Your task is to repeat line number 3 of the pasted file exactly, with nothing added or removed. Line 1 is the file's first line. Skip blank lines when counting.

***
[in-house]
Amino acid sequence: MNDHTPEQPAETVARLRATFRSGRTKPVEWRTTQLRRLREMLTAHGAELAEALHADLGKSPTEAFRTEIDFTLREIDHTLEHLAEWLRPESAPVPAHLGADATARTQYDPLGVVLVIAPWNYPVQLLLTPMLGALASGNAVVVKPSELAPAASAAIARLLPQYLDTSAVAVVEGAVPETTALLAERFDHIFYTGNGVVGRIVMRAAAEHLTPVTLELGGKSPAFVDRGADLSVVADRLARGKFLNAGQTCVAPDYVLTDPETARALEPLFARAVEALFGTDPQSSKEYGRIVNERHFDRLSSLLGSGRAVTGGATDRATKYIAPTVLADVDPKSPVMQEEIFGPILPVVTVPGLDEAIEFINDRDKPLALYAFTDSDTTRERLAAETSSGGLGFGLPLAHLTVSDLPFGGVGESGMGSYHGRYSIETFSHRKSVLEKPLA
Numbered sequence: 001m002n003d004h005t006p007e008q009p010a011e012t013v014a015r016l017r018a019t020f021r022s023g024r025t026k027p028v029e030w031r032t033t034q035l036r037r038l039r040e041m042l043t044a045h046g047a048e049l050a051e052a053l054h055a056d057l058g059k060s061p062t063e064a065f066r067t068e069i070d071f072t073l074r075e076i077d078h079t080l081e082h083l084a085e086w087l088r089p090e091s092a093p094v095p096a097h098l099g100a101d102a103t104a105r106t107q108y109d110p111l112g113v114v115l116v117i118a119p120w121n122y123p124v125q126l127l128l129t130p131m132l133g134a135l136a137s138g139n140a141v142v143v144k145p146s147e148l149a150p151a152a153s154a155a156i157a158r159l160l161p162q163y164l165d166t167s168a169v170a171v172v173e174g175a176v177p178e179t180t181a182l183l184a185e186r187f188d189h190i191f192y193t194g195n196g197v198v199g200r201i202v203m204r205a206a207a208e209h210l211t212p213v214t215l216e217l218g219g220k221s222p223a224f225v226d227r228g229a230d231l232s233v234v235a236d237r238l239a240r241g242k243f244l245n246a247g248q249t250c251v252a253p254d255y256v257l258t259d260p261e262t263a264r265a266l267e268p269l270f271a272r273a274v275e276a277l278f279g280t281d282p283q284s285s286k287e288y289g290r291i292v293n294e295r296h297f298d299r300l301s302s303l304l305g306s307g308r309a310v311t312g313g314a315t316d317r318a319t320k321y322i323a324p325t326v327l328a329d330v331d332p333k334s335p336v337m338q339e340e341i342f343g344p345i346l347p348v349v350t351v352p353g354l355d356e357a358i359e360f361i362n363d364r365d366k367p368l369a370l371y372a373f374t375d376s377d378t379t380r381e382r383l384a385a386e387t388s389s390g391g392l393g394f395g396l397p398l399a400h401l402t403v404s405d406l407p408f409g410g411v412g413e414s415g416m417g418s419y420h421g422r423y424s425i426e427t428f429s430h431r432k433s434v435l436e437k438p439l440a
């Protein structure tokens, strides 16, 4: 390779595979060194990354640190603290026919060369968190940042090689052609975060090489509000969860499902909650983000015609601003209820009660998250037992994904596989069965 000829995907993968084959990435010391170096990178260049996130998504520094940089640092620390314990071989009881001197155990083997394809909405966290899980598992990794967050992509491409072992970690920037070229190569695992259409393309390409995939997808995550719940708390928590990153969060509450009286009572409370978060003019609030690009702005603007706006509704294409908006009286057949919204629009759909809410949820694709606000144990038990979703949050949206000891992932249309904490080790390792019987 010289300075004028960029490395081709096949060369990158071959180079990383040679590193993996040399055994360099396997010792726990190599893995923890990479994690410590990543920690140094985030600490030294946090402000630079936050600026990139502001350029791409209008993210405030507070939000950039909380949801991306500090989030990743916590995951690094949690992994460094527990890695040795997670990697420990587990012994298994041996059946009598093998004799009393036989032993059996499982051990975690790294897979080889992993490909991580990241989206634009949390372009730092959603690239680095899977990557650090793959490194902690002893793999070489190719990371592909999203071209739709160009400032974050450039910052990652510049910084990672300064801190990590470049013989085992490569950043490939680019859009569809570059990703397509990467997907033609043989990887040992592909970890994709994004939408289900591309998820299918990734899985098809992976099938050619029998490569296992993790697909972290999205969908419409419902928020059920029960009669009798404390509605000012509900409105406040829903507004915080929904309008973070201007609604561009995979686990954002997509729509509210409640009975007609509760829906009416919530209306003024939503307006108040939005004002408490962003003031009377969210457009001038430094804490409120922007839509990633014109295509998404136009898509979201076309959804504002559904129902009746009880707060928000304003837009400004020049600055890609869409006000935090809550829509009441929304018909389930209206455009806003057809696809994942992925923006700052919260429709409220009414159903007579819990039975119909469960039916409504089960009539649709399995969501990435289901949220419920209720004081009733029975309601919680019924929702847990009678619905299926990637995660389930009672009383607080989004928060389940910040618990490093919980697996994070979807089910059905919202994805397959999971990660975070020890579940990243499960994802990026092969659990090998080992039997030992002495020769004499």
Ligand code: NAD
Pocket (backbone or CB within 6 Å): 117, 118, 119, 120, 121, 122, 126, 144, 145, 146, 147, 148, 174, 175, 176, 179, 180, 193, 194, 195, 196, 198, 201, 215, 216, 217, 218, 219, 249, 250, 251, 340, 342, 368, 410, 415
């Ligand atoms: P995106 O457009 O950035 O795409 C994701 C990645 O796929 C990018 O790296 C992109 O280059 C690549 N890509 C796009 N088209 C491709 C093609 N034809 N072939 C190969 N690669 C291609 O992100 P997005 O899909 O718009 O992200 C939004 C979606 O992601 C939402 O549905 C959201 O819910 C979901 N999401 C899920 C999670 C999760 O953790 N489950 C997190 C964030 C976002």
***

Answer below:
Numbered sequence: 001m002n003d004h005t006p007e008q009p010a011e012t013v014a015r016l017r018a019t020f021r022s023g024r025t026k027p028v029e030w031r032t033t034q035l036r037r038l039r040e041m042l043t044a045h046g047a048e049l050a051e052a053l054h055a056d057l058g059k060s061p062t063e064a065f066r067t068e069i070d071f072t073l074r075e076i077d078h079t080l081e082h083l084a085e086w087l088r089p090e091s092a093p094v095p096a097h098l099g100a101d102a103t104a105r106t107q108y109d110p111l112g113v114v115l116v117i118a119p120w121n122y123p124v125q126l127l128l129t130p131m132l133g134a135l136a137s138g139n140a141v142v143v144k145p146s147e148l149a150p151a152a153s154a155a156i157a158r159l160l161p162q163y164l165d166t167s168a169v170a171v172v173e174g175a176v177p178e179t180t181a182l183l184a185e186r187f188d189h190i191f192y193t194g195n196g197v198v199g200r201i202v203m204r205a206a207a208e209h210l211t212p213v214t215l216e217l218g219g220k221s222p223a224f225v226d227r228g229a230d231l232s233v234v235a236d237r238l239a240r241g242k243f244l245n246a247g248q249t250c251v252a253p254d255y256v257l258t259d260p261e262t263a264r265a266l267e268p269l270f271a272r273a274v275e276a277l278f279g280t281d282p283q284s285s286k287e288y289g290r291i292v293n294e295r296h297f298d299r300l301s302s303l304l305g306s307g308r309a310v311t312g313g314a315t316d317r318a319t320k321y322i323a324p325t326v327l328a329d330v331d332p333k334s335p336v337m338q339e340e341i342f343g344p345i346l347p348v349v350t351v352p353g354l355d356e357a358i359e360f361i362n363d364r365d366k367p368l369a370l371y372a373f374t375d376s377d378t379t380r381e382r383l384a385a386e387t388s389s390g391g392l393g394f395g396l397p398l399a400h401l402t403v404s405d406l407p408f409g410g411v412g413e414s415g416m417g418s419y420h421g422r423y424s425i426e427t428f429s430h431r432k433s434v435l436e437k438p439l440a